Peter V’landys and Todd Greenberg on collision course after apparent role switch

Prior to his FFA role, Gallop was CEO of the NRL for a decade. If his former sport heard his warning, it has not been heeded.

When ARLC chair Peter V’landys jetted to California last month to speak to News Corporation chief Lachlan Murdoch and the Silicon Valley tech titans, NRL CEO Todd Greenberg was in the UK attending the World Club Challenge match. They had effectively swapped roles.

V’landys, by positioning himself as the chief negotiator of TV rights and expansion plans, has become the code’s CEO; Greenberg, by representing the NRL at a match between the Australian and European club champions, as well as sipping afternoon tea with high commissioner George Brandis, had assumed the ceremonial role of a chairman.

This role reversal dates from the moment the professional football codes first drafted independent directors to their boards.

Sport and business have been on intersecting paths since football players were paid to be full-time and clubs became privately owned.

Tug on the multi-coloured braces of a corporate chief at his AGM and a sporting metaphor snaps out; footballers keep score, not on the board, but with their bank balances.

It’s reached a point where some codes are perceived by their fans to be too much of a business to be a sport (AFL), while others are seen to be too much of a sport to be a business (soccer).

When the CEO’s position at the ARL’s new eight-member independent commission became vacant, they dispatched one of their own to do the job.

The ARLC constitution allowed inaugural chair, former Kangaroo John Grant, to assume “additional duties” and he was de facto CEO for a couple of periods.

But, to be fair, when David Smith was finally appointed CEO, he was delegated the responsibility of executing the most recent $1.9 billion broadcasting deal.

Chairman V’landys, however, declared from his first day that he would deliver a record broadcasting deal for the code.

His flight to Los Angeles has been reported to be primarily about seeking Lachlan Murdoch’s permission to expand the NRL to 17 teams by including a second Brisbane club.

Speculation over the future of Greenberg will continue while V’landys considers whether to renew the CEO’s contract.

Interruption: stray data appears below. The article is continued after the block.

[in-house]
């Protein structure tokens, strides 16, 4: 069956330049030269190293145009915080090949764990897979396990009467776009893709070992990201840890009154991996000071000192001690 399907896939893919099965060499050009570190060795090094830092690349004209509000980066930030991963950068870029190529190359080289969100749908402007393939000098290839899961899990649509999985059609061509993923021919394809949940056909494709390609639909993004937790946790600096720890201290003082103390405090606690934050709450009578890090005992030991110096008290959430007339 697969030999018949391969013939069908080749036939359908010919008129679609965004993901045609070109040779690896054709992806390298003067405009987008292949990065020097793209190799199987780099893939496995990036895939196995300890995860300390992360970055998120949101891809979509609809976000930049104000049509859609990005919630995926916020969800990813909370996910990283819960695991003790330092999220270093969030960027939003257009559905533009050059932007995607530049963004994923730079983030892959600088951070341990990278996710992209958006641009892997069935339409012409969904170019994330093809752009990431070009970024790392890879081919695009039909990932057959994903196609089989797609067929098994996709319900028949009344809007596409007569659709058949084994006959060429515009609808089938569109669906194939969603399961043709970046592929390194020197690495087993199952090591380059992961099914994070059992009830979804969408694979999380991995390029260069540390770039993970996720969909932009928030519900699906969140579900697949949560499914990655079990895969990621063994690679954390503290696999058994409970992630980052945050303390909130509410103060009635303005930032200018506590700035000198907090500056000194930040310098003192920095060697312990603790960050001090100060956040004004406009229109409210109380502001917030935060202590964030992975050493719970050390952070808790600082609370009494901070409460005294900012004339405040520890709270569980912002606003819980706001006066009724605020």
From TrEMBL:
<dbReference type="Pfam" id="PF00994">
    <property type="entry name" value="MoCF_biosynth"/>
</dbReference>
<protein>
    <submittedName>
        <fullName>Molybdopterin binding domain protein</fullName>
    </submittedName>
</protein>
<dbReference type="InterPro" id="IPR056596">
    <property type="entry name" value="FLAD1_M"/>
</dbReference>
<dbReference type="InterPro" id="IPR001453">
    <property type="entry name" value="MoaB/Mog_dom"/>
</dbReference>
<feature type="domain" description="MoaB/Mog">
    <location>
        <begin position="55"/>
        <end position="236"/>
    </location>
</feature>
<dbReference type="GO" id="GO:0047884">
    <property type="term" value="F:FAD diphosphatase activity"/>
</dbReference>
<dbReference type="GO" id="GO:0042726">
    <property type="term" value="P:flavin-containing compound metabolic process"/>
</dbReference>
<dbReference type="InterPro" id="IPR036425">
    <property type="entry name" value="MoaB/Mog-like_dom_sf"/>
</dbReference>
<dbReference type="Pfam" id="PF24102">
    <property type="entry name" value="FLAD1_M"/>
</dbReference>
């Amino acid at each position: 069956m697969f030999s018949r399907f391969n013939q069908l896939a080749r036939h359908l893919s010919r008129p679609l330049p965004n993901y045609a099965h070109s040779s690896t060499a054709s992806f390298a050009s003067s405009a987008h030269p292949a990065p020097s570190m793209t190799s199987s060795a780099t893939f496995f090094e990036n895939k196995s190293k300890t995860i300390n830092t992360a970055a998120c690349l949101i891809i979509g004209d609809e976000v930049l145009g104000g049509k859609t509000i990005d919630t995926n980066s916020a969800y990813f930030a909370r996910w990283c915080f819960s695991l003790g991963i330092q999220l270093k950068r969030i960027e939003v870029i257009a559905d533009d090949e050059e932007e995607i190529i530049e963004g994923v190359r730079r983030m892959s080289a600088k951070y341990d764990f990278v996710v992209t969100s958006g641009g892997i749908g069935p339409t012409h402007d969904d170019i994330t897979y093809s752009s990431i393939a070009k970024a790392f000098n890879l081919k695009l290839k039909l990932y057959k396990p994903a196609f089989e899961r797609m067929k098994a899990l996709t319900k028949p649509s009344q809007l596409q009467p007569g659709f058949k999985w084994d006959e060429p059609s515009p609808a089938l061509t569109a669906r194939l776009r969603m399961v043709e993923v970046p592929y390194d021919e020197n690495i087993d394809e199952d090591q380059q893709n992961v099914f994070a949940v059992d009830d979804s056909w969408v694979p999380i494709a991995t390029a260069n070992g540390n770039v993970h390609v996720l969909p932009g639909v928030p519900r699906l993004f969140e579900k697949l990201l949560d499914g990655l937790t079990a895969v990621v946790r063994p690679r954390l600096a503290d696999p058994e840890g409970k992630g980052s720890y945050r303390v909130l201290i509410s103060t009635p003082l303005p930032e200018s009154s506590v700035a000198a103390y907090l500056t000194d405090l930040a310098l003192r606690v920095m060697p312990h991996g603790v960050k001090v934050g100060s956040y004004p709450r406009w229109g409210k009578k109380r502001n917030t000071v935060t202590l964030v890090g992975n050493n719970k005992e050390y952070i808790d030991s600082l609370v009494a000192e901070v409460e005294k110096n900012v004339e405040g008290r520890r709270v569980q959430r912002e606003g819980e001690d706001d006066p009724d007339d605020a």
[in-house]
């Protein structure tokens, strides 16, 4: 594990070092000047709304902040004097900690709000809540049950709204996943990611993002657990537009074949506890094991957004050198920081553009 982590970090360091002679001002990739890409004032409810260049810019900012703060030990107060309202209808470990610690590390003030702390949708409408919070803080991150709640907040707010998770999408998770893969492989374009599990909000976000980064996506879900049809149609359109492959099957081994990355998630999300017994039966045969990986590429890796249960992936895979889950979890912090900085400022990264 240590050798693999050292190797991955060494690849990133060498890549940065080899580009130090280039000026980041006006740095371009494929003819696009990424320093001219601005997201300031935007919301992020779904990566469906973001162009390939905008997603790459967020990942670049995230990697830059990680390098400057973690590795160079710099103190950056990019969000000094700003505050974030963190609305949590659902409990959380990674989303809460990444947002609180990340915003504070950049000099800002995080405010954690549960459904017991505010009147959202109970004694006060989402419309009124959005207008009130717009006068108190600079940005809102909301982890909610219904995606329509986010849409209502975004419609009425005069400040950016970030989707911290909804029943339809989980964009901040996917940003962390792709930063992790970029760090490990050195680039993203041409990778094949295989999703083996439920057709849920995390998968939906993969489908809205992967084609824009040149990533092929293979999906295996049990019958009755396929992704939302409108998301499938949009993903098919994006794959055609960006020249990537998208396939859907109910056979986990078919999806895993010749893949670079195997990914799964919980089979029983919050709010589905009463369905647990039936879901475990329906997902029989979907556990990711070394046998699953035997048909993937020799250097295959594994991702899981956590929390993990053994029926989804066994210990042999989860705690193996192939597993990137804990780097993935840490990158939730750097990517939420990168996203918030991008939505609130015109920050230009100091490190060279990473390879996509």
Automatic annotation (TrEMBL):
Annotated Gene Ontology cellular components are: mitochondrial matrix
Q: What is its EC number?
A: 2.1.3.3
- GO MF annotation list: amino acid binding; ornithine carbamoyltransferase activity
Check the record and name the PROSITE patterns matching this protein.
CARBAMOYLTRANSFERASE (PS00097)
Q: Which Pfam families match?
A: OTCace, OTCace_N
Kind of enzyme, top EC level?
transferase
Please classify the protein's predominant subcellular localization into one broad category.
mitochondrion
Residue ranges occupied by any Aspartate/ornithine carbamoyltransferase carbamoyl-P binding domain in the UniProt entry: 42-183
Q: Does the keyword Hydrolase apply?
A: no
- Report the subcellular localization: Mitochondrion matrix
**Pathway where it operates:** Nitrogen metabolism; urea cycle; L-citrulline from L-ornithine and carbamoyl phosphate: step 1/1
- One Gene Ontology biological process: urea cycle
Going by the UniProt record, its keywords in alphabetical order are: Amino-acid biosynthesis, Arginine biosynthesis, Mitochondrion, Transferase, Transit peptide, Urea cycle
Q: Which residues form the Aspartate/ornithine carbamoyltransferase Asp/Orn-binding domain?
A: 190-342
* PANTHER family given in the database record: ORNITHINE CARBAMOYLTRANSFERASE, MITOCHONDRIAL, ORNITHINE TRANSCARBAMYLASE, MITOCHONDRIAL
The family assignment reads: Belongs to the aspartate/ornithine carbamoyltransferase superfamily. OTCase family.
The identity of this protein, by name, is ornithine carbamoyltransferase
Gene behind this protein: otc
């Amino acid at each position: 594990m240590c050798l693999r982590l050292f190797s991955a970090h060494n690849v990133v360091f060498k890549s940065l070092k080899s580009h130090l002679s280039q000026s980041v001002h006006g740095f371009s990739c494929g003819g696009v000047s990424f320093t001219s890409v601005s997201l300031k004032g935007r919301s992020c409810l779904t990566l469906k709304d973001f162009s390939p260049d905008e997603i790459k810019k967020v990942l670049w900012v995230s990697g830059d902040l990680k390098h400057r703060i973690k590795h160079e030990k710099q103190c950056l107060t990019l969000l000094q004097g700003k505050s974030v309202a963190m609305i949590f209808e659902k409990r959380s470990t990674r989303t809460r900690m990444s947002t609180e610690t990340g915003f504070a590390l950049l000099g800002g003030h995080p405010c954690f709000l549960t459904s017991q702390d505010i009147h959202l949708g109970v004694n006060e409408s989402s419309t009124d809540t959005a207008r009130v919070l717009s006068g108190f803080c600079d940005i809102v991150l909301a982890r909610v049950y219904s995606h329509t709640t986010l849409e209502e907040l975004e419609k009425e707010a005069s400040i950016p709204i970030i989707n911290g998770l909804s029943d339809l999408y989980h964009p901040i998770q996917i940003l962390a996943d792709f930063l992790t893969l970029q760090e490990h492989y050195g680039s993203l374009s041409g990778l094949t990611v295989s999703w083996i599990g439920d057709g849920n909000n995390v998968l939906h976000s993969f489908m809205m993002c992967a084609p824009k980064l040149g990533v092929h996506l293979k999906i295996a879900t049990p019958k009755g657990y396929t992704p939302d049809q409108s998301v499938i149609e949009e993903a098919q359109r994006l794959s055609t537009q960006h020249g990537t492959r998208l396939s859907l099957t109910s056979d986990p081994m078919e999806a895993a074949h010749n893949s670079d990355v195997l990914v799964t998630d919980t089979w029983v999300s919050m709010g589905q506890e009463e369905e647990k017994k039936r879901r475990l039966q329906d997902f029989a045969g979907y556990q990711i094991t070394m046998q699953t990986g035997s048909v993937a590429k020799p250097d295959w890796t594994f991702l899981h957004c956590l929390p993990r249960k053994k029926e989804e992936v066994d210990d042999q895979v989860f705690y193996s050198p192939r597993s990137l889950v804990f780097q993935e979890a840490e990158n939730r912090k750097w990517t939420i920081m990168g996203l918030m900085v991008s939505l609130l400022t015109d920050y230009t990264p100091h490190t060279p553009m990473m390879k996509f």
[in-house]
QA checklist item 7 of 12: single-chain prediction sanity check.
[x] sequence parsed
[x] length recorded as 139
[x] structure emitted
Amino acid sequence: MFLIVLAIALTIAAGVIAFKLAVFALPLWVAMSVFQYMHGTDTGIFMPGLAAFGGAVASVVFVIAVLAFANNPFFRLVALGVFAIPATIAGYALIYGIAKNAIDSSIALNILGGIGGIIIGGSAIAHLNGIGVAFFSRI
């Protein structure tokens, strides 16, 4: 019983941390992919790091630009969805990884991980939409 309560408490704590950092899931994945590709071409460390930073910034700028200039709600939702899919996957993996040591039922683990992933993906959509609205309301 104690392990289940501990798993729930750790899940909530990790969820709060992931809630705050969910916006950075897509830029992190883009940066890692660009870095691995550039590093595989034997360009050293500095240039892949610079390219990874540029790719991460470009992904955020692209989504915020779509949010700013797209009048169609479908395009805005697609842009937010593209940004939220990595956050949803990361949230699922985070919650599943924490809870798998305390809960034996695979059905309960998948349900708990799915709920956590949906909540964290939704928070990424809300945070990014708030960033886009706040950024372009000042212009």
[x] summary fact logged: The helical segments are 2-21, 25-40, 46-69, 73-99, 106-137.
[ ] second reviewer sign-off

Broadcasters have been agitating for a fourth Queensland team because it will lift TV ratings in the north. Queenslanders switch to games involving the Broncos No.1, Cowboys 2, Melbourne Storm 3 and Titans 4.

But northern support for the Storm has diminished with the exit of Maroons Billy Slater and Cooper Cronk and will fall more with the inevitable retirement of Cameron Smith.

If V’landys gives the parochial north another team to cheer, will the drop in revenue from a weekly bye in a season of the same length be compensated by the rise in TV ratings and therefore revenue for a new team? Basically, will Lachlan and Channel Nine bake a broadcasting pie which awards 17 clubs a bigger slice than the share the 16 receive in the current deal?

A successful business would approach the challenge differently: assess the needs of the 16 existing clubs and determine whether expansion is viable.

Raelene Castle, CEO of Rugby Australia, is making the same mistake. She is seeking a record TV deal to honour promises to clubs but an alternative would be cutting back on bloated contracts to overweight players and accepting a lesser free-to-air TV deal which delivers new eyeballs.

Similarly, V’landys is chasing an historically higher TV deal to satisfy his constituents and his reputation, rather than deliver a future strategy for the code.

Speculation over the future of Greenberg will continue while V’landys considers whether to renew the CEO’s contract.


Perhaps V’landys will eventually decide on the only man he believes capable of doing the job: himself.

It will require some rewriting of the ARLC constitution but when he left the tarmac for his Californian trip, he crossed Gallop’s demarcation line between board and management.

V’landys will probably prove to be a brilliant negotiator for the code but when his plane touched down in Sydney, he invited his critics to declare: the ego has landed.

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